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Key Recommendations of CoE on Need for an Institutional Framework for Regulation and Development of Valuation Professionals in India

In August 2019, the Ministry of Finance (MoF) had constituted Committee of Experts (CoE) to examine the need for an institutional framework for regulation and development of valuation professionals in India. The said CoE had submitted a detailed report for consideration of the MoF on 2 April 2020.

In this article I have made an attempt to bring certain important recommendations made by the CoE which will guide the valuation profession in India the coming years.

1.0 The CoE had proposed an institutional framework that is the least disruptive, builds on existing institutional framework and is grounded on market realities, with zero gestation period. The proposed framework is, however, state-of-the-art, malleable to evolving environment, yet robust, which would serve the economy and the valuation profession in the days far ahead and engender a cadre of, not just valuation professionals, but most valuable professionals. The report of CoE is also accompanied by a draft of ‘Valuers Bill, 2020’.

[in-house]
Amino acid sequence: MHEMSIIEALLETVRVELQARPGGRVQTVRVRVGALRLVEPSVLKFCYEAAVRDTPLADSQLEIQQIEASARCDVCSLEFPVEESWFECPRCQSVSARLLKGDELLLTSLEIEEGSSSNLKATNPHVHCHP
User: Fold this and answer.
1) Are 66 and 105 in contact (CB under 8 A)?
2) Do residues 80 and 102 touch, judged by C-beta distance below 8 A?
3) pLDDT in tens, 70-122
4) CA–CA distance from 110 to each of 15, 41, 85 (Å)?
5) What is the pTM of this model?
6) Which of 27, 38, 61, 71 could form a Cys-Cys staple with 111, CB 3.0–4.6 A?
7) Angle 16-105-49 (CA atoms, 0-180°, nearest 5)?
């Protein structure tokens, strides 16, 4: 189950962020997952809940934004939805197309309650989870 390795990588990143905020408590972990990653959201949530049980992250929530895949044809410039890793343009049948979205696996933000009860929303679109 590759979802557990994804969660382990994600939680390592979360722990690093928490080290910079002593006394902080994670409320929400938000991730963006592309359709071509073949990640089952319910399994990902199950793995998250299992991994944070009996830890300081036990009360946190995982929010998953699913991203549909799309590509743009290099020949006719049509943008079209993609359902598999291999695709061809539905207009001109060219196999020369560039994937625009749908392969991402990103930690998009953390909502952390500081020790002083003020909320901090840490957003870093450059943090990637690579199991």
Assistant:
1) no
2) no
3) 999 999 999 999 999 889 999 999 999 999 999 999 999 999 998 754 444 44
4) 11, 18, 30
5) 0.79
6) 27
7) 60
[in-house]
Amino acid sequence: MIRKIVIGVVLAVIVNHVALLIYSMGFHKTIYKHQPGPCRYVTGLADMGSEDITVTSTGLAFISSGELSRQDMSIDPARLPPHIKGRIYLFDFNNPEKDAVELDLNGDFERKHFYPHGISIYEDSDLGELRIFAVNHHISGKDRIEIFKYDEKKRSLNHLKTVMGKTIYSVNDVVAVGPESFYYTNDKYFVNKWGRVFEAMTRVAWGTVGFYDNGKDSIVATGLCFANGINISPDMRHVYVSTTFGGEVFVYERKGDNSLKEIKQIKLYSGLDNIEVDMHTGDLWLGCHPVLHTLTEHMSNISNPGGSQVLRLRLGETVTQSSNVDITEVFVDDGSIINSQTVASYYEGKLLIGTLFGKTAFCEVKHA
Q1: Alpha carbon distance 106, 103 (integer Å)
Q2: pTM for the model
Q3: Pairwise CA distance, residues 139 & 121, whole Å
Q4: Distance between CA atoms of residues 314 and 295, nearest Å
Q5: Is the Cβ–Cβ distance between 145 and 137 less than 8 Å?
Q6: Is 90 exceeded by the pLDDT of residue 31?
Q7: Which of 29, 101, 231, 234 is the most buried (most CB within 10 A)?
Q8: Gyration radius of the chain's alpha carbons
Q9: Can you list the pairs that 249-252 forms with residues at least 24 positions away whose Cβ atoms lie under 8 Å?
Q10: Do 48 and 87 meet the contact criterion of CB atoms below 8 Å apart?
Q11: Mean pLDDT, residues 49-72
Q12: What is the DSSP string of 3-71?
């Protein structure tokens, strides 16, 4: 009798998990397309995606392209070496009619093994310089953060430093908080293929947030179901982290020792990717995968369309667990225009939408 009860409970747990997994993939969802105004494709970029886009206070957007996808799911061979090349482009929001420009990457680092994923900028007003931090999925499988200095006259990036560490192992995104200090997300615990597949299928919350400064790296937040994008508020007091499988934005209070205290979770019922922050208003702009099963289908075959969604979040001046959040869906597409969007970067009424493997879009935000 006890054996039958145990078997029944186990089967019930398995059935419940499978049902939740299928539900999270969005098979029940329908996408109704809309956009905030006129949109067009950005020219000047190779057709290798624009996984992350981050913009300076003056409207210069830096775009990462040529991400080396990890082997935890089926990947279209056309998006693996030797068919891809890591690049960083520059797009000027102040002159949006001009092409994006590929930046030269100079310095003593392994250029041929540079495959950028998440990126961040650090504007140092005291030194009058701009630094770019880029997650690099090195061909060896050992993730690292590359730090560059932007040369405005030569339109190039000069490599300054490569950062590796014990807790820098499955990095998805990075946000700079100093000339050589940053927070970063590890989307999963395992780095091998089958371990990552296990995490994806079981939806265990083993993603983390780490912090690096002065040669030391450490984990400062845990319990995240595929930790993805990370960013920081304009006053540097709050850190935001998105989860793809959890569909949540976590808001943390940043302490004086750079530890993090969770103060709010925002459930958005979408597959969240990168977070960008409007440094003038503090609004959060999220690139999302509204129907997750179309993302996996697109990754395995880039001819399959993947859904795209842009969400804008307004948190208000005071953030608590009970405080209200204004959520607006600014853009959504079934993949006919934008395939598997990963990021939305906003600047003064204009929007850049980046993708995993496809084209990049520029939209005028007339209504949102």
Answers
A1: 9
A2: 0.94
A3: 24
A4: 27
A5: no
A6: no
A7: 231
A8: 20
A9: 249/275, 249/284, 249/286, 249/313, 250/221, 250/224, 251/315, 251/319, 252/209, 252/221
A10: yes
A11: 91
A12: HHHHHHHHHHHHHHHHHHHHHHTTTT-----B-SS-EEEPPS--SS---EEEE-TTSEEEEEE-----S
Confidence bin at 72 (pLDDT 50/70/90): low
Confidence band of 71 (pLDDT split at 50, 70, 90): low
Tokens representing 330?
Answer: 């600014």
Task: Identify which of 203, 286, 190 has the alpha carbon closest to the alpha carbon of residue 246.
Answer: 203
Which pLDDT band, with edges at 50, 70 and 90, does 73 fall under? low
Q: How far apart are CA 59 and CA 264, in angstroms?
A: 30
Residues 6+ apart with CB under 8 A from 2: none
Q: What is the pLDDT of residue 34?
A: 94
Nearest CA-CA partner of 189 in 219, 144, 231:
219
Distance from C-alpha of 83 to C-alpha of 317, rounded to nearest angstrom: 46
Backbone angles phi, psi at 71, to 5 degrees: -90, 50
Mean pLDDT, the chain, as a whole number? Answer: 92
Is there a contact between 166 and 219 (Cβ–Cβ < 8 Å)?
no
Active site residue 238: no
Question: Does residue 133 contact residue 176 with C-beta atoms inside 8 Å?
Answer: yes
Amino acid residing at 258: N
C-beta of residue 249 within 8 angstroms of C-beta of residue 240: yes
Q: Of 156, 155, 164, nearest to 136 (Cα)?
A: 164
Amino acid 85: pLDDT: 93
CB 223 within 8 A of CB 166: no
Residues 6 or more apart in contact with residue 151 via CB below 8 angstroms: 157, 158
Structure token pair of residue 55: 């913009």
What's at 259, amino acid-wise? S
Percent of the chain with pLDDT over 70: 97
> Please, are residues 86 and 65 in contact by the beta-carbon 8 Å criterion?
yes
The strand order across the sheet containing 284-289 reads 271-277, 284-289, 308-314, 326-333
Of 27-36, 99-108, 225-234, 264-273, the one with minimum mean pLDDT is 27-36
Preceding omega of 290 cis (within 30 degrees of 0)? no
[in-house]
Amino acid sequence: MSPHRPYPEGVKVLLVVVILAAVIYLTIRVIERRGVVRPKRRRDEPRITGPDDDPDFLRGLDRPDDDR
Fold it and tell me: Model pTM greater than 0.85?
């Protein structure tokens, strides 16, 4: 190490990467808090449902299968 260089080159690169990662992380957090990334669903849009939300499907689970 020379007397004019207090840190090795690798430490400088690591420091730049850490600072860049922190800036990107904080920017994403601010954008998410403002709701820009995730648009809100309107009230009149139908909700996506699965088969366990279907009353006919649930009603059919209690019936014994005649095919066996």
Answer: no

2.0 The institutional framework is proposed keeping in mind 3 primary objectives asunder:

> Development and regulation of the valuation profession;

> Development and regulation of market for valuation services; and

> Protection of interest of the users of valuation services.

3.0 The proposed ecosystem should have 4 elements, diagrammatically depicted as under:


4.0 The framework should not be limited to valuations under the Companies Act, 2013 and the Insolvency and Bankruptcy Code, 2016 as are presently covered under the Valuation Rules. The framework should cover valuations under other laws in a phased manner in due course, depending on experience and the needs of the time.

5.0 The framework may enable valuation of all kinds of assets, to start with, the courses as well as registration of Valuers should be available for 3 asset classes, namely, Land & Building, Plant & Machinery, and Financial Assets. The framework should enable NIV to add / subtract an asset class to valuation profession as well as increase / decrease the scope of an asset class, with changing needs.

6.0 Educational courses for entering the valuation profession:

An individual may join the valuation profession on completing any of the courses:

> National Valuation Programme, a 4 year integrated full-time professional course, which includes an internship of one year, if he has passed class higher secondary examination;

> Graduate Valuation Programme, a 2 year full-time professional course on valuation, which includes an internship of one year, if he has a degree or equivalent qualification in any of the identified disciplines relevant for an asset class; or

> Limited Valuation Programme, a 400 hour professional course, if he does not have relevant qualification, but has been rendering valuation services as a Valuer for at least 5 years. The eligibility through this programme shall be available only for 2 years.